This article analyzes recent medical research and health data on persistent and resurgent tuberculosis within America's African-American population and other racial minorities. Case studies and epidemiologic data suggest that the African-American and minority-American community's experience with tuberculosis control problems has diverged markedly from the nation's as a whole. The key variations include: (1) the historically higher tuberculosis incidence and mortality in African-American and other minority populations compared with whites, and (2) an emerging epidemiologic pattern of interaction between human immunodeficiency virus (HIV) and tuberculosis generally limited to African-American and minority populations. This trend results from the disproportionate spread of HIV disease in minority communities. There are new research needs in the fields of health policy theory, microbiology, molecular genetics, and behavioral sciences.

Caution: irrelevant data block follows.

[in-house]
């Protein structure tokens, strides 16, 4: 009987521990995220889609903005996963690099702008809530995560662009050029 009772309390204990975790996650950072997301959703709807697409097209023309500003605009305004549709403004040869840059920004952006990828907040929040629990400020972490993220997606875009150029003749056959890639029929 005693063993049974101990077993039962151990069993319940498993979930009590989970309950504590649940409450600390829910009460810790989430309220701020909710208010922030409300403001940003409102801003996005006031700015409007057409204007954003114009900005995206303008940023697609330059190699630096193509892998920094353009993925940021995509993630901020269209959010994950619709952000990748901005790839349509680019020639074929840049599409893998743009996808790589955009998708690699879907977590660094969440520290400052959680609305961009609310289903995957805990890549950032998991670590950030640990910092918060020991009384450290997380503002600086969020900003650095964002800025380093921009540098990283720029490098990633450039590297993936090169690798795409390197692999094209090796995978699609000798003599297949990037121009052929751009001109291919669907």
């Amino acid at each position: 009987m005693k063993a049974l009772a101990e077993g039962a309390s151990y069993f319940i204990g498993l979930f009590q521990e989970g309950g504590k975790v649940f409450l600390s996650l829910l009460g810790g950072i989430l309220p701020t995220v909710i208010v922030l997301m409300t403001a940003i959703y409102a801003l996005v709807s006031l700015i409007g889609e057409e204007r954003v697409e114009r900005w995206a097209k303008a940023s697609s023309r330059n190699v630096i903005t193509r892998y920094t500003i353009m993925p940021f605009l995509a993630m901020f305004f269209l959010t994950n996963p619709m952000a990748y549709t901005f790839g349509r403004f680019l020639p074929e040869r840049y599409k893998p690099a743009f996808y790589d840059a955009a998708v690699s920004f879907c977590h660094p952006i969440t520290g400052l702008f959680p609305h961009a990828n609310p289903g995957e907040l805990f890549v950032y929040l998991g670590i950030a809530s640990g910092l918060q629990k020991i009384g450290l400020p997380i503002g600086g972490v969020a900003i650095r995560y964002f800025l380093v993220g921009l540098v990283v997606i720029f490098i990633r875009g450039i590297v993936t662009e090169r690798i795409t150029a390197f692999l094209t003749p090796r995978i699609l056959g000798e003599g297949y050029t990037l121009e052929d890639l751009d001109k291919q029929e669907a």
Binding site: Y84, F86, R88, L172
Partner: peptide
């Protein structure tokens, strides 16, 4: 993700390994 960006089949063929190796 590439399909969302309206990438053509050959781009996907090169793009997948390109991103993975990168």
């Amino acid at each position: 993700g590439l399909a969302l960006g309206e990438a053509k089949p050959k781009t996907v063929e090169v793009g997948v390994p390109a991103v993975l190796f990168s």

|Original language||English (US)|
|Number of pages||5|
|Journal||Journal of the Association for Academic Minority Physicians : the official publication of the Association for Academic Minority Physicians|
|State||Published - 1994|
All Science Journal Classification (ASJC) codes